Dancing Woodcock Videos
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My Column: American Woodcock, Video Star

Nothing is quite as goofy as a woodcock walking in the snow.
Photo credit: Monica Martin

My latest column for The Record is all about a goofy bird now appearing in a wet woodland near you, and a goofy 15-second video I made from my window a  few years back. 

You can read it here. (The column features a great woodcock photo by Monica Martin, above).

By Jim Wright
Special to The Record

    On a snowy March morning five years ago, I looked out my living room window to see whether any birds were visiting my feeders. TheRecordBergenEdition_20230302_LF02_2-page-001To my surprise, I saw an extremely odd bird waddling along the stream.

  The bird was shaped like little football, with huge eyes and a chopstick for a bill, and it appeared to be doing a dance called the Funky Chicken.

  I recognized the bird, immediately:  American woodcock.

   I grabbed my camera and did a quick 14-second video. On a lark, I added some goofy royalty-free tuba music by a composer named Kevin MacLeod, uploaded it to YouTube, and pretty much forgot about it.

   Then the strangest thing happened – again and again and again. Folks started watching the video and leaving comments. I have had more than 94,000 views and more than 90 comments, most of which went something like these:

 * “Dancing woodcock vids are starting to become a new source of happiness for me.”   

     * “It's amazing how still they hold their heads while dancing.” 

* “You cannot convince me that the Internet was not made for this.”

    That the video has become so popular is certainly no testimony to my video skills. After all, some YouTube woodcock videos – and there are plenty – have racked up nearly a million views.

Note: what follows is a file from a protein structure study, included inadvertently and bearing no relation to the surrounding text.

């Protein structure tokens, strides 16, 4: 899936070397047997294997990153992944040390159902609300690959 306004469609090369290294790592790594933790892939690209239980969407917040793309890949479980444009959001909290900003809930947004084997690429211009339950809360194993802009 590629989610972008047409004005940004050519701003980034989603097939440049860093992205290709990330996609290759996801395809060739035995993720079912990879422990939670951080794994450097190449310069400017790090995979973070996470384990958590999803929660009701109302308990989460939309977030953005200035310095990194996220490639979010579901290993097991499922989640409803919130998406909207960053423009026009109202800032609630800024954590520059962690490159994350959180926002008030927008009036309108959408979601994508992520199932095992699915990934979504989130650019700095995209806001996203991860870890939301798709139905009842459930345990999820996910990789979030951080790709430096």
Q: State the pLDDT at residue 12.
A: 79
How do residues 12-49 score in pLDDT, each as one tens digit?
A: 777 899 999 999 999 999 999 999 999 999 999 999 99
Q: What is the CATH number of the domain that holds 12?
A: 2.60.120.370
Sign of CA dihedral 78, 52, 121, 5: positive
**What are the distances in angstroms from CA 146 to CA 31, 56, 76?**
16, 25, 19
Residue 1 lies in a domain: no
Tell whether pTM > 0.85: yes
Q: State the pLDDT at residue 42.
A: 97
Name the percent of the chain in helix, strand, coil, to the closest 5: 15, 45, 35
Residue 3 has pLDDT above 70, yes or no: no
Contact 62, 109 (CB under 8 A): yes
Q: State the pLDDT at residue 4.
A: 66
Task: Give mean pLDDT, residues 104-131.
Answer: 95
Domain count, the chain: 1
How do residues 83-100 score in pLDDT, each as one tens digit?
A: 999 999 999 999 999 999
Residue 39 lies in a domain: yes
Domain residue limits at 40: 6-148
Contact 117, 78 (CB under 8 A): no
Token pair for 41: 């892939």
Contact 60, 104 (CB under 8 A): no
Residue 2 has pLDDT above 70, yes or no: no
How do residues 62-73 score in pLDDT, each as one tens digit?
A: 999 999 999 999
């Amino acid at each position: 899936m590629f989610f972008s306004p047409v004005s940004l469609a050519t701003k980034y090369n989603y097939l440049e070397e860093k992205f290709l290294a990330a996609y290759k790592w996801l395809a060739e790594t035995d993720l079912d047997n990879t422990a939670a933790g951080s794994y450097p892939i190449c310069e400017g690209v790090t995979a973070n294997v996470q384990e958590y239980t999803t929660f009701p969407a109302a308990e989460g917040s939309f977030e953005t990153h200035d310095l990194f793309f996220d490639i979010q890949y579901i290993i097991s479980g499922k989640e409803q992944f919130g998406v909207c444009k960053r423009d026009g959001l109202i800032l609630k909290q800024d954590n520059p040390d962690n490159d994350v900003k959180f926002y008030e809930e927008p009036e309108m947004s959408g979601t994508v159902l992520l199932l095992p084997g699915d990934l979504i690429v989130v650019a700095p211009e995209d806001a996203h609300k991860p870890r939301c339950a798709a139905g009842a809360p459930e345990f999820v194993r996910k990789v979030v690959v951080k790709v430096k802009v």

Instead, my video is Exhibit A for just how charismatic the American woodcock is. Exhibit B is the photo accompanying this column. It is of a woodcock waddling along in the snow, with a gait reminiscent of Monty Python’s ministry of silly walks.

   It’s no surprise this robin-sized shorebird is such a media star.  It has that crazy locomotion when it walks or dips its head to consume its diet of worms

     The goofy head-bobbing and other antics have earned it such nicknames as “timberdoodle,” “bog-borer,” “big eyes,”  “wood snipe,”   and “mud bat.” As the weather warms, a woodcock might appear soon in a damp woodland near you.

   They will come out just after twilight when the male will put on a dazzling courtship flight in hopes of attracting a mate. You know you’re in the right place when you hear them make a strange buzzing noise onomatopoetically called a “peent.” 

    The display itself involves flying in circles up to several hundred feet in the air while making strange chirps that the females seem to find irresistible.

       Footnote: My little woodcock video saga did not end with the brief YouTube video. The South Korean Public Broadcasting System station KLAB incorporated snippets of my video into its own woodcock video extravaganza, which has garnered another 371,000 views. That’s not bad for a video I made without ever leaving the living room.

   You can view both videos at celeryfarm.net.

    The Bird Watcher column appears every other Thursday. Jim’s next book, "The Screech Owl Companion," will be published by Timber Press. Email Jim at [email protected].